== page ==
Patient Safety

Written by Patricia Tunstall
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Patient safety is paramount in the drive to encourage use of electronic prescribing of medications. In this regard, the healthcare industry is lagging behind other industries in the installation of computerized systems. In the last few years, however, electronic appointment schedules and billing management systems have become common, and an array of new applications have streamlined healthcare delivery.

Medication Errors

There are several reasons why electronic prescribing has not been more widely implemented. For one thing, a lack of technical standards has hindered the spread of computer systems. The intervention of the federal government through the Medicare Prescription Drug, Improvement, and Modernization Act of 2003 should stimulate the growth of technology in the medication field. This legislation requires national, uniform standards for ePrescribing by April 1, 2008.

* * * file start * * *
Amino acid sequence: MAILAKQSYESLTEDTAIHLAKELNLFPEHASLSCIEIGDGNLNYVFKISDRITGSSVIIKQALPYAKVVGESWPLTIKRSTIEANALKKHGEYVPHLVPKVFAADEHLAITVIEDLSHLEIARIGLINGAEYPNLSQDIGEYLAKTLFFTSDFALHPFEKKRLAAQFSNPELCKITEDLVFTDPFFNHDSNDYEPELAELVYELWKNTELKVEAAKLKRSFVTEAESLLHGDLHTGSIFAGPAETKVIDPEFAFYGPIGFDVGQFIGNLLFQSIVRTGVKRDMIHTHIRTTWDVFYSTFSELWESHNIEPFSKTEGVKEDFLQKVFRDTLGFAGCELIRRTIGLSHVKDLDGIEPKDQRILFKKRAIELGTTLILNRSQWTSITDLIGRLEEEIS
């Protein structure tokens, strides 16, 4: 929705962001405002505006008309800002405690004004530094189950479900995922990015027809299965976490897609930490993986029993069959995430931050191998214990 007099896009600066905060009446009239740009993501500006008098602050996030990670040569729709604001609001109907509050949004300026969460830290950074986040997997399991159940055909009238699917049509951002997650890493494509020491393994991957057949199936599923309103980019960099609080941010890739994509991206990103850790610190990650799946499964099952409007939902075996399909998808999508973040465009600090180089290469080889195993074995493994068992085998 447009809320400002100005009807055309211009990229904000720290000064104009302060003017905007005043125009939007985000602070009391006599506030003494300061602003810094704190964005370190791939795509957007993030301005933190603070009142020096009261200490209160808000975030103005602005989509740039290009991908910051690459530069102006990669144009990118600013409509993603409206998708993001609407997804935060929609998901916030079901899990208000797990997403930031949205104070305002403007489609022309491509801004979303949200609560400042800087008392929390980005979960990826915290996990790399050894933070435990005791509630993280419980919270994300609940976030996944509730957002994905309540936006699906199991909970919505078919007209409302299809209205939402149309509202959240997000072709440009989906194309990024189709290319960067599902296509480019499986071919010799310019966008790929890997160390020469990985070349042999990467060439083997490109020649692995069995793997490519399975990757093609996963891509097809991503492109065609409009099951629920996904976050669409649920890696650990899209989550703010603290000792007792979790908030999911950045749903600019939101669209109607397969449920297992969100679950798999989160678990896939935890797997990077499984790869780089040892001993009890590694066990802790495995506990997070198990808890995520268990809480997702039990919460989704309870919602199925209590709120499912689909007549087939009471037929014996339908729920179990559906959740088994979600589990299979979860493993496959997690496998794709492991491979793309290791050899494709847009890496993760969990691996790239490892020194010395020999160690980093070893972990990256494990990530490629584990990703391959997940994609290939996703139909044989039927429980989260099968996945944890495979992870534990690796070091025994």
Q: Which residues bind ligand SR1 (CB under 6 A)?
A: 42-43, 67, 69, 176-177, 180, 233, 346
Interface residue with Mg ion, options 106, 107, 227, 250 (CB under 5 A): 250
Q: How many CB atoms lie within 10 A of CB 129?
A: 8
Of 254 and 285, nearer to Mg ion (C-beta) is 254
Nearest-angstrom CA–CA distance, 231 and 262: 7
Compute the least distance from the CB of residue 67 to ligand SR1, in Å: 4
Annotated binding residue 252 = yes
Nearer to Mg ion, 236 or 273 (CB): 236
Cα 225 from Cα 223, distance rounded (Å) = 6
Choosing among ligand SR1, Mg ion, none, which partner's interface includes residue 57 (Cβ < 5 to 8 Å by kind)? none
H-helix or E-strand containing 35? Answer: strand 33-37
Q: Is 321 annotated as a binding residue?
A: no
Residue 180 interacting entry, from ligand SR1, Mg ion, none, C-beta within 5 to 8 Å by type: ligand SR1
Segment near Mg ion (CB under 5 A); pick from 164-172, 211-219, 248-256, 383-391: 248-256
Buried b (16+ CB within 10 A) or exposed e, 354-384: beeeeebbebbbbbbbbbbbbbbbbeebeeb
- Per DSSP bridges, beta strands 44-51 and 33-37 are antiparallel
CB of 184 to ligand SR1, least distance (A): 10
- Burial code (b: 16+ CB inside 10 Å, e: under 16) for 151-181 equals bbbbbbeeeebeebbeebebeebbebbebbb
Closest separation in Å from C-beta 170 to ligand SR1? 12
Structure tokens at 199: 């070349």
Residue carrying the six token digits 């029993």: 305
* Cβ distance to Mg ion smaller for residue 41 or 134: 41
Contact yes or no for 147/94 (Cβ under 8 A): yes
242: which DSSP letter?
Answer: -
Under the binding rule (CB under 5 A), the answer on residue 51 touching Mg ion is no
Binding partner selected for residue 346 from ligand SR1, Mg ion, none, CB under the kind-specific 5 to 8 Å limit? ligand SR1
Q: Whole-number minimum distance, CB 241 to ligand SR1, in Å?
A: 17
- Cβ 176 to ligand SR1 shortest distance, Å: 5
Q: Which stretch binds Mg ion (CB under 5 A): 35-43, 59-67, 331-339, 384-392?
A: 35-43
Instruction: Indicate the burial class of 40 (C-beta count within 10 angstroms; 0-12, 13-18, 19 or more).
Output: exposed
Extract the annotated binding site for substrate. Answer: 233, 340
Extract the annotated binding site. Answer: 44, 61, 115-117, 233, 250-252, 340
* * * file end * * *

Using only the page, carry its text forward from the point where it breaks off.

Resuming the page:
A medication error is a preventable, unintended event that may lead to inappropriate medication use or patient harm. Naturally, this event must be connected to the prescribing or dispensing of medication by a health practitioner. This would include misread prescriptions, poor labeling or packaging, or any mistake made in the creation or administration of the medication. Studies suggest the number of outpatients who suffer medication errors is on the rise.

In a recent consumer poll, 70 percent of respondents said they would be interested in using an electronic personal health record. In an interesting contrast to the real figures, 40 percent of respondents believed their doctors already use electronic records in their practice. When only five percent of doctors use ePrescribing, it is understandable that the federal government intends to use financial incentives to spur the use of technology in the medical field.


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